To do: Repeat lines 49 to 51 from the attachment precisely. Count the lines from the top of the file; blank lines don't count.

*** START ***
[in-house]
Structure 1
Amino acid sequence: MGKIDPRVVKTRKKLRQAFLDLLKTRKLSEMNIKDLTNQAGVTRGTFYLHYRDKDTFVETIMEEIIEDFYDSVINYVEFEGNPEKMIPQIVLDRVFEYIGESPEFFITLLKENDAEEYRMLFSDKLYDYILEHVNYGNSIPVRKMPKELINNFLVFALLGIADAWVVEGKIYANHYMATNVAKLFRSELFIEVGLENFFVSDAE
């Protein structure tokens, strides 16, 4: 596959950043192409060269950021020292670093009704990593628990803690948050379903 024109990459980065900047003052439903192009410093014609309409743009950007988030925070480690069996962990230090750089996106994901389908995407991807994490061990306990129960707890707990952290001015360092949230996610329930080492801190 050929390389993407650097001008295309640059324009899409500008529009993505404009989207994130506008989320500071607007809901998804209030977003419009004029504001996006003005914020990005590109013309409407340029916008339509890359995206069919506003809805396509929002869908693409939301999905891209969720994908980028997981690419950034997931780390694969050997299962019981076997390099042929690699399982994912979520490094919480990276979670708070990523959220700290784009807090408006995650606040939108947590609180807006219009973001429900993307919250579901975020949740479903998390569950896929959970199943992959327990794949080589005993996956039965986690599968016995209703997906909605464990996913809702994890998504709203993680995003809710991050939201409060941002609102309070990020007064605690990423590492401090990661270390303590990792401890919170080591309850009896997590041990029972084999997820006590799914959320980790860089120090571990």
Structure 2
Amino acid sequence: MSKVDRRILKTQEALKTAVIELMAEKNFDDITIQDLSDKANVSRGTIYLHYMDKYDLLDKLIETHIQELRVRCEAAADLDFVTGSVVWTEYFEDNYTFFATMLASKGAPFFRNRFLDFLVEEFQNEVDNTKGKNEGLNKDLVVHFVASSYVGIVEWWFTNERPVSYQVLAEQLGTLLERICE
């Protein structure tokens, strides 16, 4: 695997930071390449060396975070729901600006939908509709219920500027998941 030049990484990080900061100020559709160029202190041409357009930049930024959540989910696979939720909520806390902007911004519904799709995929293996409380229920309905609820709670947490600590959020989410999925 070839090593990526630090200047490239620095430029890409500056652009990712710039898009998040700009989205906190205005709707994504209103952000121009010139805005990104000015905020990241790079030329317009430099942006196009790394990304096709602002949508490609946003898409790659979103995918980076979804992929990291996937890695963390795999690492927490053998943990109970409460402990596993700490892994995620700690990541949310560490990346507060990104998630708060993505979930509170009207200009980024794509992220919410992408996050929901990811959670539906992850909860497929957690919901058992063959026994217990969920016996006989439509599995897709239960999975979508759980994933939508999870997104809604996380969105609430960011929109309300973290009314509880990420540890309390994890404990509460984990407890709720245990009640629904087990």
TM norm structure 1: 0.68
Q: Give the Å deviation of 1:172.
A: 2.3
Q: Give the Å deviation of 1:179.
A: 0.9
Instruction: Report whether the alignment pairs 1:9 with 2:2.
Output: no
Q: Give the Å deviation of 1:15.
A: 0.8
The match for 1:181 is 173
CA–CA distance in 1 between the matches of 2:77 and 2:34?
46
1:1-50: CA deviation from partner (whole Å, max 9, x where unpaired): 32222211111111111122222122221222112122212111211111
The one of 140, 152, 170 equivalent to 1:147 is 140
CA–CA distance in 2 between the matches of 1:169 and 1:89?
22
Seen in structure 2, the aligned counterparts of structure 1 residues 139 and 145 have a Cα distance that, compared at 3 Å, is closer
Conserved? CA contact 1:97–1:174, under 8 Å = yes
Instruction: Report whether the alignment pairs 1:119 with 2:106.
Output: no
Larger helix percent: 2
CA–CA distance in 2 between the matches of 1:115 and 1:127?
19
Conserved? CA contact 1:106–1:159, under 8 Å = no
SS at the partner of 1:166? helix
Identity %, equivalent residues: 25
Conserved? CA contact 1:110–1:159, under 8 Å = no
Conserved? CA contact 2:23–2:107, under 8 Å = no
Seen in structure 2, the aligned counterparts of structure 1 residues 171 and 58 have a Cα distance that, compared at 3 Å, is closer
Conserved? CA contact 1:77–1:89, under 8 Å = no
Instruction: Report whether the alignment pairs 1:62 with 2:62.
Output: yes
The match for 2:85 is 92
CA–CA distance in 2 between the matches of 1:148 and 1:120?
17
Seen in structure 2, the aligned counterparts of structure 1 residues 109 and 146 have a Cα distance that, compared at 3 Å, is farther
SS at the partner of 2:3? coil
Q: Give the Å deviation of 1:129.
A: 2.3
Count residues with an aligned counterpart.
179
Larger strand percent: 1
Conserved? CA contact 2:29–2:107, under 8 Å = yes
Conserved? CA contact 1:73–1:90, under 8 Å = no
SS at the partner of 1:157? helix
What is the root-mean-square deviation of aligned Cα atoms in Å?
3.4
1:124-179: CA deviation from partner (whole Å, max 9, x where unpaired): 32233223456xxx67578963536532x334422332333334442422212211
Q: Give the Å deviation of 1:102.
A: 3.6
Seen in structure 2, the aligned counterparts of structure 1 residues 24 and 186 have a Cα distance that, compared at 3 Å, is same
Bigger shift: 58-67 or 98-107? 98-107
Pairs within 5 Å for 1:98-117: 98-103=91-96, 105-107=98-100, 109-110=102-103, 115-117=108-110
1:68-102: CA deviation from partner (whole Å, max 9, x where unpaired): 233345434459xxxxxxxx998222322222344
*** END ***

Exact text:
Larger strand percent: 1
Conserved? CA contact 2:29–2:107, under 8 Å = yes
Conserved? CA contact 1:73–1:90, under 8 Å = no